The most recently released, stable version of Scriblio is marked 2.9-r1 and was last updated in June 2010. You can be forgiven for thinking development had ceased in the interim. Today, however, I’m proud to introduce a completely new Scriblio, re-written from the ground up to take advantage of the latest features of WordPress and eliminate the mistakes made in previous versions.
This update allows users to search and explore WordPress sites using facets that represent the tags, categories and other aspects of the collection. It works with custom post types and custom taxonomies, and works for library records as well regular blog posts and pretty much anything else that can be represented in the posts table (and there are people putting business directories, classified ads, vacation rentals, job boards, real estate, and lots of other stuff in their posts tables).
Review the code now:
- Browse: http://plugins.trac.wordpress.org/browser/scriblio/trunk/
- Anonymous SVN: http://plugins.svn.wordpress.org/scriblio/trunk/
Because this is entirely rewritten it deserves all-new documentation. First, however, I need to explain that a number of features of the old Scriblio are not yet implemented in this version. In some cases this is because WordPress now offers similar features and it’s better to use those, in other cases it’s because they’re just not implemented yet.
This 2007 screenshot shows most of the public-facing search features (view it in Flickr for annotations):
- Display facets in widgets, clicking a term in the facet re-runs the search with that facet added
- Display the the terms of the current search and allow users edit them
- Suggest search terms based on the facets in the corpus as users type in the search box
- Render book records in HTML with cover images
- Display the availability and shelf location of the book
- Display links to Google Book Search and other resources related to the book
- Allow users to send an SMS with the book’s shelf location
And behind the scenes, Scriblio had some rather complex functionality to support those features:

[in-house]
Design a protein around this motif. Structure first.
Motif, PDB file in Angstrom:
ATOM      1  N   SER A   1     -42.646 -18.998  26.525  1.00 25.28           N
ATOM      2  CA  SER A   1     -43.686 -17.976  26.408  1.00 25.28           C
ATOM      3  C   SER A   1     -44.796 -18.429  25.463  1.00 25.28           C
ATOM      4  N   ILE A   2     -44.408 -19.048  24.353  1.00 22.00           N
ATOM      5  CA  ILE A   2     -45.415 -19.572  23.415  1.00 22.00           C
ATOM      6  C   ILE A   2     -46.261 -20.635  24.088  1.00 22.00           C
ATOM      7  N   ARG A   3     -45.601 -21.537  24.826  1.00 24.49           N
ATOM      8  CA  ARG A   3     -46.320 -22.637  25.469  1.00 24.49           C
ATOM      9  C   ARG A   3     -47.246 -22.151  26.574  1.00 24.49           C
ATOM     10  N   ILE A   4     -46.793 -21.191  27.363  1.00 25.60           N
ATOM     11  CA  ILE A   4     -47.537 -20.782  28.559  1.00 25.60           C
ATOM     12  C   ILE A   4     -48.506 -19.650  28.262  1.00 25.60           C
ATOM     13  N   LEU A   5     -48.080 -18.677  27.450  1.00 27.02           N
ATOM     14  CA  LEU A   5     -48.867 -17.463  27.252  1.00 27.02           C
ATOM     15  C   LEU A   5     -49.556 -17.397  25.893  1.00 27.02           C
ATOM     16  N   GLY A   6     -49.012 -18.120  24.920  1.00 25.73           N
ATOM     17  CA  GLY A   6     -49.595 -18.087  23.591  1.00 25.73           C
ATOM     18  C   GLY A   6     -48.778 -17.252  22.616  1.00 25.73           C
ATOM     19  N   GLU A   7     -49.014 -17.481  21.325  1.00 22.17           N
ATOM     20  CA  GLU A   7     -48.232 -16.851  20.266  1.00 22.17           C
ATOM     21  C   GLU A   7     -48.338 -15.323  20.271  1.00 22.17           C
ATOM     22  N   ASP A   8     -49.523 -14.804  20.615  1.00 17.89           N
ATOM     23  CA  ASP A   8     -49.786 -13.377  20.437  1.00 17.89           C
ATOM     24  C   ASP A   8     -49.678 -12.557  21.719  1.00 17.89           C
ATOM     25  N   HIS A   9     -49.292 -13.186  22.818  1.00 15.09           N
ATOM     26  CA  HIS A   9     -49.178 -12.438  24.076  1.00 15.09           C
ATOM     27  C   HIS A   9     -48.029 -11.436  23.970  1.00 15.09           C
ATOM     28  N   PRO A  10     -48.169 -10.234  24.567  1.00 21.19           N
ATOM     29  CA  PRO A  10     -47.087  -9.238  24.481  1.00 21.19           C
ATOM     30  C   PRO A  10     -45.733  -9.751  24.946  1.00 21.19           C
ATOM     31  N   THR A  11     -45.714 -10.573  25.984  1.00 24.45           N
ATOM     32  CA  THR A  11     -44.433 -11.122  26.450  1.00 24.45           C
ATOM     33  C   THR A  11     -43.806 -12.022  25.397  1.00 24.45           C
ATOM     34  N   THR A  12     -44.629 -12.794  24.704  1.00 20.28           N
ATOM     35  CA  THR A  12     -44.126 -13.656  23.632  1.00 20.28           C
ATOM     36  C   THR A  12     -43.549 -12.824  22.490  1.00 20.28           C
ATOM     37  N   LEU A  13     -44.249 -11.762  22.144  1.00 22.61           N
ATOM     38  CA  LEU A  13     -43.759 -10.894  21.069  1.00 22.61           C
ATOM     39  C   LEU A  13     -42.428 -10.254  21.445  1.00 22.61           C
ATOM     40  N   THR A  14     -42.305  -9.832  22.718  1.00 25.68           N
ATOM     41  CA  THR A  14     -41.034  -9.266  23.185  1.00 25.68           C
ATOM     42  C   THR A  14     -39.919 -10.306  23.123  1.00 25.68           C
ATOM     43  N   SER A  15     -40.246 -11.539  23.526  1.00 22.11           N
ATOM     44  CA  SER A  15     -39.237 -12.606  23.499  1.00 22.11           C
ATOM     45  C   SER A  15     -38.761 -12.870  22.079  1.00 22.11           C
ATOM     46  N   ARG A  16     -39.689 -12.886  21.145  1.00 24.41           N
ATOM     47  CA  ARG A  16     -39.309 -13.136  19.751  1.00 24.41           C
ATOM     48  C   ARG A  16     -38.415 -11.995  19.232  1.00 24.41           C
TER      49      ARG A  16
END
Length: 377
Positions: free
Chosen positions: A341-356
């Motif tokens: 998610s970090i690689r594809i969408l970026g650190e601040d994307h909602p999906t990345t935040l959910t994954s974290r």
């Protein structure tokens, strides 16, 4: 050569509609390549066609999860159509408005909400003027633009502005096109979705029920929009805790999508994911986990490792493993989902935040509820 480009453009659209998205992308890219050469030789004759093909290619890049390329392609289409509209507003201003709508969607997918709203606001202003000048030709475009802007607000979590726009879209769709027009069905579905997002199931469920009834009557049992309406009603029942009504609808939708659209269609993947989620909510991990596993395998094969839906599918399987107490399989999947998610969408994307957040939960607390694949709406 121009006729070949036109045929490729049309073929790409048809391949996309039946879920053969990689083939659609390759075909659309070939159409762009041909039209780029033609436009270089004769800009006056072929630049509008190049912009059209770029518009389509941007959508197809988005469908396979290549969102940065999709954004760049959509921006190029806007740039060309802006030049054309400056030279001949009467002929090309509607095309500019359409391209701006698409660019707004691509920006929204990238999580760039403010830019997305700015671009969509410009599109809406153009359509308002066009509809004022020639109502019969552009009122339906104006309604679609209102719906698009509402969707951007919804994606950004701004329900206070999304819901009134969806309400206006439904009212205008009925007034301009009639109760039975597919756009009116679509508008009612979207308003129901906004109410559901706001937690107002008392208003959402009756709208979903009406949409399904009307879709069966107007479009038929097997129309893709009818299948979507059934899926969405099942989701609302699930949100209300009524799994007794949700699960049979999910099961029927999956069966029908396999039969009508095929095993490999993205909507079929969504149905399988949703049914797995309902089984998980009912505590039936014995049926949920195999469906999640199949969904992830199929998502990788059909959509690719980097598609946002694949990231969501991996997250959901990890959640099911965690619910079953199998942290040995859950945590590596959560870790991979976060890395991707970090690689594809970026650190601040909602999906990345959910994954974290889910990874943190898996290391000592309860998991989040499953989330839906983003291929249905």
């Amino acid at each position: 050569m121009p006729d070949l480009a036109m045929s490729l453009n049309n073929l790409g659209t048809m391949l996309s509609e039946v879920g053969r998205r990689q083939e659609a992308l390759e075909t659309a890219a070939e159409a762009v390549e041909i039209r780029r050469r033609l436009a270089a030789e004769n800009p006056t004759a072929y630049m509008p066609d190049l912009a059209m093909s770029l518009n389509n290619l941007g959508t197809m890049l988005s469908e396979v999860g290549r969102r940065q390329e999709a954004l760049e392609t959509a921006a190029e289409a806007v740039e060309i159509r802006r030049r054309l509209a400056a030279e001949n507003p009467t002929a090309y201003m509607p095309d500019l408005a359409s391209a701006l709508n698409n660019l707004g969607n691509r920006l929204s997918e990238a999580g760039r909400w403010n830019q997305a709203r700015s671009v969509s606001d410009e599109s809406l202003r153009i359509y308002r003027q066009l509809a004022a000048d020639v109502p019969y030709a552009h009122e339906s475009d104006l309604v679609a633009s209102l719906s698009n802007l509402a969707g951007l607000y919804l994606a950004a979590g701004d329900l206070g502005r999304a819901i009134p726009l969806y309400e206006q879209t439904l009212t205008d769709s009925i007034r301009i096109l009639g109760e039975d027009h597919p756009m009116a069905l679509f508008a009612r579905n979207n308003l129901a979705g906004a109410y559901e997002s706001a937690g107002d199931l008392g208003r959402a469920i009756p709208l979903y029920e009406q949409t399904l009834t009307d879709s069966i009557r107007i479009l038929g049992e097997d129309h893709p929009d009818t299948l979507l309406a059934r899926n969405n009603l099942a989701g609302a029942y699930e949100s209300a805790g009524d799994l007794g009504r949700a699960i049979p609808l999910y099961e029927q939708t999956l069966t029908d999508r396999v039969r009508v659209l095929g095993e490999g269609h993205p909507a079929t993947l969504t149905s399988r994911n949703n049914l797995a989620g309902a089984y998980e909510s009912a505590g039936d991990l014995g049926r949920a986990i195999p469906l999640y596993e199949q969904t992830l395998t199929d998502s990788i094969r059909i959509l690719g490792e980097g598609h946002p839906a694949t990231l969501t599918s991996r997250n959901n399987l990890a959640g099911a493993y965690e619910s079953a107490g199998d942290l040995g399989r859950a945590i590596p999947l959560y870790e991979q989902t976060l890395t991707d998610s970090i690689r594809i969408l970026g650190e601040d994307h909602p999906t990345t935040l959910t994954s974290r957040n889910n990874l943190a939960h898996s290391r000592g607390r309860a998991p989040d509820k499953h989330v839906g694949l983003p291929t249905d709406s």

- Crawl library database systems to extract book info for bulk imports, ongoing updates, and real-time status information
- Implement structured data on top of WordPress posts to represent books, archive records, and other media
- Replaced WordPress’ built-in query parsing that gets matching content from the database
- Support for using Sphinx as the keyword search engine instead of MySQL
For the purposes of this rewrite, I’ve been focusing only on the components related to searching and browsing a collection. In my 2009 diagram of the components, that’s the box with the Scriblio logo in it. Of that component, I see two features missing: live searching and user-specified sort ordering (this was implemented in 2.9, but never released publicly). I have not yet looked at the other components to determine the complexity of migrating them. Anybody, if there is anybody, who’s currently using Scriblio with those components SHOULD NOT UPGRADE.
Some things that need to be done in the short term:
- Reconnect with current Scriblio users; get an understanding of the needs and interests of the community
- Migrate the main Scriblio website to a new server and document this new version of Scriblio there
- Implement search suggestions/live searching
- Implement user-controlled result sorting (sort by relevance, a-z, set the sort field, etc)
- Review the Scriblio Schema components and make a plan for how to move those forward
- [Name your plans for Scriblio here]